Rotterdam to FOIL - PART II The term you are looking for is active heave compensation.
Meantime Whilst we wait to Spring into action, it is worth looking at the big picture: [link] That is of course only part of the story the other bit is how much oil is left to extract and what the cost of the last barrel will be to satisfy that demand (plus a margin for Flofit)
Rotterdam to FOIL - PART II Agreed. Flexibility is king.
Rotterdam to FOIL - PART II ash6666: Next opportunity - some time way off in the future. Agreed. We don’t really know what happened on the previous attempts except that the rope first snagged and then broke. But both these failures may both be down to the fact that this massive bouy is being wound into an even more massive ship whilst both are being affected by the ocean swell. The complication is that they are not affected equally; the ship is relatively free to move, but the buoy is anchored to the seabed by both its moorings and the umbilicals. This means that the relatively delicate thread connecting the two has to either stretch to accommodate the mismatch in movement or exert enough force to lock these two giants together. Wire rope will stretch to some extent but as the length of rope reduces, so does the amount of stretch available to accommodate the mismatch. Consequently as the buoy is wound in the load increases as the moorings and umbilicals are lifted from the seabed, but the transient loads due to the relative movement also increase. The solution to this engineering challenge is to build into the system some flexibility so that at least the transient loads are smoothed out. The ideal is for the winching mechanism to be able to wind and unwind so as to maintain enough tension to hoist the buoy in, but no more. Another way is to incorporate a spring' which will accommodate the difference in movement without exceeding the breaking stress of the rope, but thisspring’ will absorb a lot of energy as it compresses and this could be dangerous if it is accidentally released. But both the above will result in relative movement between boat and buoy and this increases the chance of damage as the two are almost mated, so the third approach is probably the best: Wait until it really is flat calm and only then make the attempt. Even then, it will be well worth having some flexibility in the system, this is the North Atlantic after all, so there may always be some long wavelength movement which, although not apparent to the eye, is exactly the sort of wavelength to which the AM will resFlond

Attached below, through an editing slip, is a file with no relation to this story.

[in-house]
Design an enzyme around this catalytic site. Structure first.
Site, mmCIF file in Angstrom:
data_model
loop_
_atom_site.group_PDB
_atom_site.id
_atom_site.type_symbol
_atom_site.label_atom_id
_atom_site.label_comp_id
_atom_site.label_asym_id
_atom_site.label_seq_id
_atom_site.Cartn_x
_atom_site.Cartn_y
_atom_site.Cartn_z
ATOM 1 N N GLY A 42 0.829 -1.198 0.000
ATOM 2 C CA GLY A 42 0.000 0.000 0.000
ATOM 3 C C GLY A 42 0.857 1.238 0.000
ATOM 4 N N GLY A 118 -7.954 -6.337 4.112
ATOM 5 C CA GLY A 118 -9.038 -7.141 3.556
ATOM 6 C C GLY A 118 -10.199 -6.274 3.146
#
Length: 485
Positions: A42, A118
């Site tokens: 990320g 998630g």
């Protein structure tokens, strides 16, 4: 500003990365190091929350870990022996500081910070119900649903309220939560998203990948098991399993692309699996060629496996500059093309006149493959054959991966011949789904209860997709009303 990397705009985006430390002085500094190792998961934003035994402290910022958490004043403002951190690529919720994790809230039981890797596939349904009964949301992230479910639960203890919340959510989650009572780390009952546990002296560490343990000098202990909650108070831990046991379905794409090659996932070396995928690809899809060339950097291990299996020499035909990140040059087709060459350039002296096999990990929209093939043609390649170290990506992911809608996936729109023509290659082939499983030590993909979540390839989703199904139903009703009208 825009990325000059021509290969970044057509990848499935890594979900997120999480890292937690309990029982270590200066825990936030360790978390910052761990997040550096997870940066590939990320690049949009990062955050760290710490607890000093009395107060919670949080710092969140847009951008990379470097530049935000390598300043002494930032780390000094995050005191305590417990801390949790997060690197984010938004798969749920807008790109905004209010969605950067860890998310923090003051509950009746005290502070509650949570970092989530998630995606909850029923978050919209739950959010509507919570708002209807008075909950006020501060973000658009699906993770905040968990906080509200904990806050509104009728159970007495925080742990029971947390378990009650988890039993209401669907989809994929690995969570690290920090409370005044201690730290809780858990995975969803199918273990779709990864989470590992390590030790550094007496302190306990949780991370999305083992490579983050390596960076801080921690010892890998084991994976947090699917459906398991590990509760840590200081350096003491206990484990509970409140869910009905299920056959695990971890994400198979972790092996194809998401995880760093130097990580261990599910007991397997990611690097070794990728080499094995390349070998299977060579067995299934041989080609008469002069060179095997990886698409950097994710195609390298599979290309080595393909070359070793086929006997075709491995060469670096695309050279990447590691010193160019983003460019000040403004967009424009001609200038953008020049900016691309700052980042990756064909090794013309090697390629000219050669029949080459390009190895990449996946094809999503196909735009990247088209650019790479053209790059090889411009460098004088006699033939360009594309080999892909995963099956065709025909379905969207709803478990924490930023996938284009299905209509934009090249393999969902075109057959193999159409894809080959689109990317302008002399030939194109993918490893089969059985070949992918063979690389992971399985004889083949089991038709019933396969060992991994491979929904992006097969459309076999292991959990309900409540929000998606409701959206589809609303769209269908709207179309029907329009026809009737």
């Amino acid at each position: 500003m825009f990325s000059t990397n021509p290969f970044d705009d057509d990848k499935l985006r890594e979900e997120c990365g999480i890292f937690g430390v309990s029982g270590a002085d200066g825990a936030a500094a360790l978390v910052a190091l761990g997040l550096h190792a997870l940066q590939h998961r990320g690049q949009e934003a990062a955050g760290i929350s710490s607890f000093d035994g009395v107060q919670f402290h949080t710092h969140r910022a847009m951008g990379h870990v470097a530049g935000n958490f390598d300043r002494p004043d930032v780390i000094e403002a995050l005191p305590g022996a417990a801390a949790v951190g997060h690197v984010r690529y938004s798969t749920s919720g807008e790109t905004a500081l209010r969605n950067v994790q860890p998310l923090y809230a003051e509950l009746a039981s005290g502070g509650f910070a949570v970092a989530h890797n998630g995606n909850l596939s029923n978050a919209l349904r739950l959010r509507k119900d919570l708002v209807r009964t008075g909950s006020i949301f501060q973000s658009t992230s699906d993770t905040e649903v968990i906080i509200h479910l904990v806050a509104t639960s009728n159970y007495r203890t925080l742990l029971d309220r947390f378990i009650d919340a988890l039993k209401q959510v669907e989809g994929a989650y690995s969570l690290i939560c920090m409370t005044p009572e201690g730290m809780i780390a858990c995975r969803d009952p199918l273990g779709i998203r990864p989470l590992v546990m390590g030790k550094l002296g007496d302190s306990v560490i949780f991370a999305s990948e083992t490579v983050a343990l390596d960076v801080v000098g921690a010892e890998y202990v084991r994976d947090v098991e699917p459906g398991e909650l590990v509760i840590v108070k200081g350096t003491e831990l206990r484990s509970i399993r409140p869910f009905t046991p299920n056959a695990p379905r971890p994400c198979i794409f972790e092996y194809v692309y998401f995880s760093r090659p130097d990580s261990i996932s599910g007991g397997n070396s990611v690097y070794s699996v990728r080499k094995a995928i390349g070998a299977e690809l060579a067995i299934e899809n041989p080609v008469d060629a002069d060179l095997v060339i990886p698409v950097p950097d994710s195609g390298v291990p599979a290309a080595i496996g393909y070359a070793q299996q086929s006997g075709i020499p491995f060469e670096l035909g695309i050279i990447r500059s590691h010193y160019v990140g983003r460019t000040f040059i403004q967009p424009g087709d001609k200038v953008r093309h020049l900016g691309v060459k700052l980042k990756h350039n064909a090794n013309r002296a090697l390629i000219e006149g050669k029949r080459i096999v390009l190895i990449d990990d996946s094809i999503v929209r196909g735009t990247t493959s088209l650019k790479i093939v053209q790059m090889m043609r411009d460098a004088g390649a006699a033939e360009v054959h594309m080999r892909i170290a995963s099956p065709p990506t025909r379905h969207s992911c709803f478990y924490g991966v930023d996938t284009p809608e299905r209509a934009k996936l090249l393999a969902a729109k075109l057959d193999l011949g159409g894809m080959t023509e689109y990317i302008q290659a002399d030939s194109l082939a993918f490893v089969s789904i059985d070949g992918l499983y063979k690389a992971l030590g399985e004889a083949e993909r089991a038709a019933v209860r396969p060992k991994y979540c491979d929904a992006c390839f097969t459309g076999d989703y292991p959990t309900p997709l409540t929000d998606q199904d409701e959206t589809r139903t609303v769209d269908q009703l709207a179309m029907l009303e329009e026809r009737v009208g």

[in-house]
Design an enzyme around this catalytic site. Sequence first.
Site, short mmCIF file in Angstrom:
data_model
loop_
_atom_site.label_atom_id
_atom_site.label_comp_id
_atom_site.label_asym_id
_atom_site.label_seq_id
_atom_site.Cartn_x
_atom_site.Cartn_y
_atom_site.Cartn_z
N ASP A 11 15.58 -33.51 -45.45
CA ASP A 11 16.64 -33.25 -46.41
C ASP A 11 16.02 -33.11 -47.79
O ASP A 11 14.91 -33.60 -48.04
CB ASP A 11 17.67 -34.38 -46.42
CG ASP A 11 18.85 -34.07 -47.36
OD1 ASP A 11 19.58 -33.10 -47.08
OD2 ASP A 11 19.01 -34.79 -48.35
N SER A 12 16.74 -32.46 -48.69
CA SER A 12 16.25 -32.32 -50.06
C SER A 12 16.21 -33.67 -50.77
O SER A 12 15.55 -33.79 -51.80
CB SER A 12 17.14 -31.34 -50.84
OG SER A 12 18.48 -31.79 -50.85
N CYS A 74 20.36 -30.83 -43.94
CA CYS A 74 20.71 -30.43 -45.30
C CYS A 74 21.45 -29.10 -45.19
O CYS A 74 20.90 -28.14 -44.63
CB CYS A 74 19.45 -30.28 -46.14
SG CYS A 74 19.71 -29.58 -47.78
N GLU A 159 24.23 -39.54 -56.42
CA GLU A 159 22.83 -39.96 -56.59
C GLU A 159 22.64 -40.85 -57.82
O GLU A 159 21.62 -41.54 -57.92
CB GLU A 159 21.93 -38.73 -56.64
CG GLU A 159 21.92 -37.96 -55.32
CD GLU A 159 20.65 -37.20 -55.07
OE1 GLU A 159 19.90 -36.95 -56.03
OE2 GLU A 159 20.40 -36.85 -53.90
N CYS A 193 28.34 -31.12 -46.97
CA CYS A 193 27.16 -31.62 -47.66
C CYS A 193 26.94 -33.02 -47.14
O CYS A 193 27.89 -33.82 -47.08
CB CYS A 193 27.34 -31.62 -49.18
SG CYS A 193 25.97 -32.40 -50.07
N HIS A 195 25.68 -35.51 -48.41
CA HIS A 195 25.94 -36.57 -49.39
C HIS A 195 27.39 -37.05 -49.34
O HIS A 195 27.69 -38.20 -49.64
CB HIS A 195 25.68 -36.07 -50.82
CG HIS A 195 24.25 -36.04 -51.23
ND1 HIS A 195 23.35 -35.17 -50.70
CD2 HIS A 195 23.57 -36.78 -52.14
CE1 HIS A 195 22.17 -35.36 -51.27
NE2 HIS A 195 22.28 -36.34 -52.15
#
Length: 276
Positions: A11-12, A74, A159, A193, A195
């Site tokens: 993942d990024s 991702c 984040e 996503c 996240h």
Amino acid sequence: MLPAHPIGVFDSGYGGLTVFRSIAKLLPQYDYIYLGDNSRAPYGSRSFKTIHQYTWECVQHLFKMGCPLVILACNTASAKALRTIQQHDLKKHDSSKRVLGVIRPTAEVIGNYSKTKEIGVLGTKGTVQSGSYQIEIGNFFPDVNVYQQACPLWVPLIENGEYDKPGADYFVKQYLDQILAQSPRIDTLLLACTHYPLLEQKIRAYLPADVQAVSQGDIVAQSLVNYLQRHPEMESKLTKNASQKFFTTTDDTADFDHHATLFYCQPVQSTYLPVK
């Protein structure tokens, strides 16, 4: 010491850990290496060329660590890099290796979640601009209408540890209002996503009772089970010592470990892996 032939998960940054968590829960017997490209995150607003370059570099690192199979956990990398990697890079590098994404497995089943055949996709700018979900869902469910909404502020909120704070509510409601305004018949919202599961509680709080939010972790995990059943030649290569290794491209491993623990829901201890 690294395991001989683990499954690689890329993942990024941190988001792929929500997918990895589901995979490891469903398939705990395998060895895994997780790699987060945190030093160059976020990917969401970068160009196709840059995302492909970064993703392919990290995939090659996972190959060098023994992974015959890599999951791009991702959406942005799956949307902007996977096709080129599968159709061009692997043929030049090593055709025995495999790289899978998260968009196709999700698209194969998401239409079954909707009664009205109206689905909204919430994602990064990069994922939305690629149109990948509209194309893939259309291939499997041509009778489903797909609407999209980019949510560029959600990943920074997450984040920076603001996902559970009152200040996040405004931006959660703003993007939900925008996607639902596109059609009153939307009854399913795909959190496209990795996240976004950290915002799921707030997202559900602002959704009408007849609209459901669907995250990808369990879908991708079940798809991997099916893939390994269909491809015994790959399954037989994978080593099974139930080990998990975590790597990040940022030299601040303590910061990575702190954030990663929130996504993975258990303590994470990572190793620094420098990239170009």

Rotterdam to FOIL - PART II No signs of movement from the AM so I assume we can forget about this weekend. Next opportunity - some time way off in the future.
Rotterdam to FOIL - PART II On a slightly different tack (though I sure the AM doesn’t have to do that!) I was looking at google apps on my phone and noticed one called Weather Radar Free and had a rating of 4.8/5 so I downloaded it to have a look and it turns out it is from none other than windy.com. [link]
Rotterdam to FOIL - PART II ash6666: It has a breaking strain of about 120lb which must surely be strong enough Hopefully it will be a spoolful, as we will have to double and redouble a couple of times. That will give us a breaking strain of 960lbs and that might be enough to steer it into position, if the bouy is pumped dry and the service vessels are helping to lift the weight of the Flowlines
Rotterdam to FOIL - PART II I’ve still got some steel trace wire that I used for catching tope. It has a breaking strain of about 120lb which must surely be strong enough so I could lend them some of that.
Rotterdam to FOIL - PART II ash6666: I think they will want 2 or 3 days of good weather. You are probably right as they will want the window to be wider that the actual time needed to ensure that any delays are not catasFlophic
Rotterdam to FOIL - PART II ash6666: Is it even possible to buy a stronger rope? That may not be necessary, I would imagine that the bouy will be bouyant (judging by the name at least) and so more water needs to be pumped out (and air pumped in). If the resulting bouyancy is still insufficient, one or more workboats will be needed to either add permanent or temporary bouyancy to the pipelines intermediate Floats.
Rotterdam to FOIL - PART II @Happy_To_Learn “Sorry I’ll get my coat.” Right on, Fella. It’s COLD out there!! - LLV
Rotterdam to FOIL - PART II I don’t think it’s long enough after last time when they were onto the 3rd day of better weather and there is a good chance that by Saturday the chart will have changed anyway. I think they will want 2 or 3 days of good weather. Is it even possible to buy a stronger rope? The winds are W or SW all week and no real change in direction to flatten off the swell.
Rotterdam to FOIL - PART II Hi Everyone, A thought occurred to me. Thinking about the ever increasing cost of all of this, I wonder if HUR are going to sell the damaged ropes, based on the principle of, “money for old rope,” lol. Sorry I’ll get my coat. All the best. HTL
Rotterdam to FOIL - PART II Flossoffa: I think it is very unlikely they will go for this weekend. Just a feeling you have, or the result of a consultation with a Floracle In other words, would you like to share the logical basis (if any) of your pronouncement so we can follow your line of Flought
Rotterdam to FOIL - PART II ash6666: I think it is very unlikely they will go for this weekend. Just a feeling you have, or the result of a consultation with a Floracle